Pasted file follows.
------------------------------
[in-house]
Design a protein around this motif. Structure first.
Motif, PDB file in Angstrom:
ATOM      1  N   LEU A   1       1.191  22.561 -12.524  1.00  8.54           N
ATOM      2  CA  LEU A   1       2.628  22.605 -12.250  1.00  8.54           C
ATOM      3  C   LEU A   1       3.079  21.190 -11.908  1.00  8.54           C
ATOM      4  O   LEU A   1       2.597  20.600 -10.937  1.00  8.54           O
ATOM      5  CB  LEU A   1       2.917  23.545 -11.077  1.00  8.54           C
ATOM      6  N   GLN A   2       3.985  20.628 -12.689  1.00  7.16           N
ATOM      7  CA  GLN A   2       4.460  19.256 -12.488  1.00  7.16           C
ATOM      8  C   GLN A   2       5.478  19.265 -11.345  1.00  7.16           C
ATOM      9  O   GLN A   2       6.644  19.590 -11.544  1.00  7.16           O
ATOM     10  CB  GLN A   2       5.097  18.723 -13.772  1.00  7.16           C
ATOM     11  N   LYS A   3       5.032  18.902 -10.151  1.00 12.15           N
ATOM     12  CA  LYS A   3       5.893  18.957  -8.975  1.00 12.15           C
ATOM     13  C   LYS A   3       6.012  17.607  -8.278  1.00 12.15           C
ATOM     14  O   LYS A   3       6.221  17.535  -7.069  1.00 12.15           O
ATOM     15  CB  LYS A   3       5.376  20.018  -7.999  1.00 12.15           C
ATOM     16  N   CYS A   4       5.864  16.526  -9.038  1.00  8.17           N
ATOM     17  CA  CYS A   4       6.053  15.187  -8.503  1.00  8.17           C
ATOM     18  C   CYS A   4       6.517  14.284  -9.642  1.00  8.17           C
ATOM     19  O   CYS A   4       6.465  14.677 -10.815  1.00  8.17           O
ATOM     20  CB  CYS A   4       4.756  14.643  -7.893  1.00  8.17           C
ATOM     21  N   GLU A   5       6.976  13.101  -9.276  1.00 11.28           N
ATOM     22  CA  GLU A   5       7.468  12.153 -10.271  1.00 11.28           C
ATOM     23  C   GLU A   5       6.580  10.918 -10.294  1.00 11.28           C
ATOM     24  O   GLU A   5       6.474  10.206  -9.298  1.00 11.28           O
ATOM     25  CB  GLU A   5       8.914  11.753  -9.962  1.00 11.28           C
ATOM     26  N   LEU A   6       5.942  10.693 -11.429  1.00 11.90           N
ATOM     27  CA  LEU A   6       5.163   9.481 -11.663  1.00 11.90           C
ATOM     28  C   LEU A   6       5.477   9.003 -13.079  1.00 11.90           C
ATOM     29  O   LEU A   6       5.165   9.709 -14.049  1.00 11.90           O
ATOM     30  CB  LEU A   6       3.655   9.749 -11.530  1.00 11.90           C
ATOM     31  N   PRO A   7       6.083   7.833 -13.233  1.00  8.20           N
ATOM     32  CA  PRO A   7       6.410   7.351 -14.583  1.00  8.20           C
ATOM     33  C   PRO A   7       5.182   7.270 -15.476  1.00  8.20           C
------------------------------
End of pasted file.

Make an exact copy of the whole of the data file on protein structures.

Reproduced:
[in-house]
Design a protein around this motif. Structure first.
Motif, PDB file in Angstrom:
ATOM      1  N   LEU A   1       1.191  22.561 -12.524  1.00  8.54           N
ATOM      2  CA  LEU A   1       2.628  22.605 -12.250  1.00  8.54           C
ATOM      3  C   LEU A   1       3.079  21.190 -11.908  1.00  8.54           C
ATOM      4  O   LEU A   1       2.597  20.600 -10.937  1.00  8.54           O
ATOM      5  CB  LEU A   1       2.917  23.545 -11.077  1.00  8.54           C
ATOM      6  N   GLN A   2       3.985  20.628 -12.689  1.00  7.16           N
ATOM      7  CA  GLN A   2       4.460  19.256 -12.488  1.00  7.16           C
ATOM      8  C   GLN A   2       5.478  19.265 -11.345  1.00  7.16           C
ATOM      9  O   GLN A   2       6.644  19.590 -11.544  1.00  7.16           O
ATOM     10  CB  GLN A   2       5.097  18.723 -13.772  1.00  7.16           C
ATOM     11  N   LYS A   3       5.032  18.902 -10.151  1.00 12.15           N
ATOM     12  CA  LYS A   3       5.893  18.957  -8.975  1.00 12.15           C
ATOM     13  C   LYS A   3       6.012  17.607  -8.278  1.00 12.15           C
ATOM     14  O   LYS A   3       6.221  17.535  -7.069  1.00 12.15           O
ATOM     15  CB  LYS A   3       5.376  20.018  -7.999  1.00 12.15           C
ATOM     16  N   CYS A   4       5.864  16.526  -9.038  1.00  8.17           N
ATOM     17  CA  CYS A   4       6.053  15.187  -8.503  1.00  8.17           C
ATOM     18  C   CYS A   4       6.517  14.284  -9.642  1.00  8.17           C
ATOM     19  O   CYS A   4       6.465  14.677 -10.815  1.00  8.17           O
ATOM     20  CB  CYS A   4       4.756  14.643  -7.893  1.00  8.17           C
ATOM     21  N   GLU A   5       6.976  13.101  -9.276  1.00 11.28           N
ATOM     22  CA  GLU A   5       7.468  12.153 -10.271  1.00 11.28           C
ATOM     23  C   GLU A   5       6.580  10.918 -10.294  1.00 11.28           C
ATOM     24  O   GLU A   5       6.474  10.206  -9.298  1.00 11.28           O
ATOM     25  CB  GLU A   5       8.914  11.753  -9.962  1.00 11.28           C
ATOM     26  N   LEU A   6       5.942  10.693 -11.429  1.00 11.90           N
ATOM     27  CA  LEU A   6       5.163   9.481 -11.663  1.00 11.90           C
ATOM     28  C   LEU A   6       5.477   9.003 -13.079  1.00 11.90           C
ATOM     29  O   LEU A   6       5.165   9.709 -14.049  1.00 11.90           O
ATOM     30  CB  LEU A   6       3.655   9.749 -11.530  1.00 11.90           C
ATOM     31  N   PRO A   7       6.083   7.833 -13.233  1.00  8.20           N
ATOM     32  CA  PRO A   7       6.410   7.351 -14.583  1.00  8.20           C
ATOM     33  C   PRO A   7       5.182   7.270 -15.476  1.00  8.20           C